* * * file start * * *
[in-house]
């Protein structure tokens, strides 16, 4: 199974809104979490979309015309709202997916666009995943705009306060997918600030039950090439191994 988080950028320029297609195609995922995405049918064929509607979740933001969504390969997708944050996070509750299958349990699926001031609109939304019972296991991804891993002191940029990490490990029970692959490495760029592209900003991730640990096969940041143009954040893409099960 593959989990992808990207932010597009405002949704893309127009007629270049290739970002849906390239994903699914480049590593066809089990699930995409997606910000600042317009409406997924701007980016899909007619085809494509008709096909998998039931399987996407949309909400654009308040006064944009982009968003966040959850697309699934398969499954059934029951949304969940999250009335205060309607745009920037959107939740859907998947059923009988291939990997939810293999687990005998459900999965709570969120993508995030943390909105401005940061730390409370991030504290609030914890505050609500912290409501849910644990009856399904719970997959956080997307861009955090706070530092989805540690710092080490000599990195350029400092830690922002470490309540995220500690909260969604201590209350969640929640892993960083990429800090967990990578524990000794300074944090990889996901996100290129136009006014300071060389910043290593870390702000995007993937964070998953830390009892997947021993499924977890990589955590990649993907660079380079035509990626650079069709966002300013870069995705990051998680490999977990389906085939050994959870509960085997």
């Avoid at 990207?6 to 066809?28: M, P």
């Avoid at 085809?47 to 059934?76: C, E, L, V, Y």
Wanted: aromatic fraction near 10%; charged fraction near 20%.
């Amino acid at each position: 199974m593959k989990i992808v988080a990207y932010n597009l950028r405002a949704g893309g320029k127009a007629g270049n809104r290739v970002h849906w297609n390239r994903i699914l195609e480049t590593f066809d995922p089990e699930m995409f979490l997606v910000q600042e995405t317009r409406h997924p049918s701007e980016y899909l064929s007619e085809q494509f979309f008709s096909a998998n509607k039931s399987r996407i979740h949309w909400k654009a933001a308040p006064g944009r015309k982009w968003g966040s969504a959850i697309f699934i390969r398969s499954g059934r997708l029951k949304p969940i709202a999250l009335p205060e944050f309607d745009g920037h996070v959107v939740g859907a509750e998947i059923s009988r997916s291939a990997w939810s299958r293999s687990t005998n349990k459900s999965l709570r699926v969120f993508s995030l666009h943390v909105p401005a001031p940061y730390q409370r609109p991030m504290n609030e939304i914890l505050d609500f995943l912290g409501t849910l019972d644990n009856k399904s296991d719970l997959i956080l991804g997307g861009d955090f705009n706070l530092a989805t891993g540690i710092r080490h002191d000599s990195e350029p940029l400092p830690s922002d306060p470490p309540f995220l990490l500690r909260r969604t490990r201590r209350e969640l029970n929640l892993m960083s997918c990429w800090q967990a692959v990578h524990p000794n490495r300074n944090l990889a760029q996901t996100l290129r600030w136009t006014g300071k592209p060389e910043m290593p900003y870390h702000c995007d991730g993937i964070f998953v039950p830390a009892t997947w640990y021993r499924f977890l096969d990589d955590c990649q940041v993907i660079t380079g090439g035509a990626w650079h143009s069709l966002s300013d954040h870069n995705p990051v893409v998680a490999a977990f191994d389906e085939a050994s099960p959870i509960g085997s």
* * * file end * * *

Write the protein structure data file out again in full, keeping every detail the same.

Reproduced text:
[in-house]
């Protein structure tokens, strides 16, 4: 199974809104979490979309015309709202997916666009995943705009306060997918600030039950090439191994 988080950028320029297609195609995922995405049918064929509607979740933001969504390969997708944050996070509750299958349990699926001031609109939304019972296991991804891993002191940029990490490990029970692959490495760029592209900003991730640990096969940041143009954040893409099960 593959989990992808990207932010597009405002949704893309127009007629270049290739970002849906390239994903699914480049590593066809089990699930995409997606910000600042317009409406997924701007980016899909007619085809494509008709096909998998039931399987996407949309909400654009308040006064944009982009968003966040959850697309699934398969499954059934029951949304969940999250009335205060309607745009920037959107939740859907998947059923009988291939990997939810293999687990005998459900999965709570969120993508995030943390909105401005940061730390409370991030504290609030914890505050609500912290409501849910644990009856399904719970997959956080997307861009955090706070530092989805540690710092080490000599990195350029400092830690922002470490309540995220500690909260969604201590209350969640929640892993960083990429800090967990990578524990000794300074944090990889996901996100290129136009006014300071060389910043290593870390702000995007993937964070998953830390009892997947021993499924977890990589955590990649993907660079380079035509990626650079069709966002300013870069995705990051998680490999977990389906085939050994959870509960085997």
């Avoid at 990207?6 to 066809?28: M, P």
């Avoid at 085809?47 to 059934?76: C, E, L, V, Y």
Wanted: aromatic fraction near 10%; charged fraction near 20%.
């Amino acid at each position: 199974m593959k989990i992808v988080a990207y932010n597009l950028r405002a949704g893309g320029k127009a007629g270049n809104r290739v970002h849906w297609n390239r994903i699914l195609e480049t590593f066809d995922p089990e699930m995409f979490l997606v910000q600042e995405t317009r409406h997924p049918s701007e980016y899909l064929s007619e085809q494509f979309f008709s096909a998998n509607k039931s399987r996407i979740h949309w909400k654009a933001a308040p006064g944009r015309k982009w968003g966040s969504a959850i697309f699934i390969r398969s499954g059934r997708l029951k949304p969940i709202a999250l009335p205060e944050f309607d745009g920037h996070v959107v939740g859907a509750e998947i059923s009988r997916s291939a990997w939810s299958r293999s687990t005998n349990k459900s999965l709570r699926v969120f993508s995030l666009h943390v909105p401005a001031p940061y730390q409370r609109p991030m504290n609030e939304i914890l505050d609500f995943l912290g409501t849910l019972d644990n009856k399904s296991d719970l997959i956080l991804g997307g861009d955090f705009n706070l530092a989805t891993g540690i710092r080490h002191d000599s990195e350029p940029l400092p830690s922002d306060p470490p309540f995220l990490l500690r909260r969604t490990r201590r209350e969640l029970n929640l892993m960083s997918c990429w800090q967990a692959v990578h524990p000794n490495r300074n944090l990889a760029q996901t996100l290129r600030w136009t006014g300071k592209p060389e910043m290593p900003y870390h702000c995007d991730g993937i964070f998953v039950p830390a009892t997947w640990y021993r499924f977890l096969d990589d955590c990649q940041v993907i660079t380079g090439g035509a990626w650079h143009s069709l966002s300013d954040h870069n995705p990051v893409v998680a490999a977990f191994d389906e085939a050994s099960p959870i509960g085997s």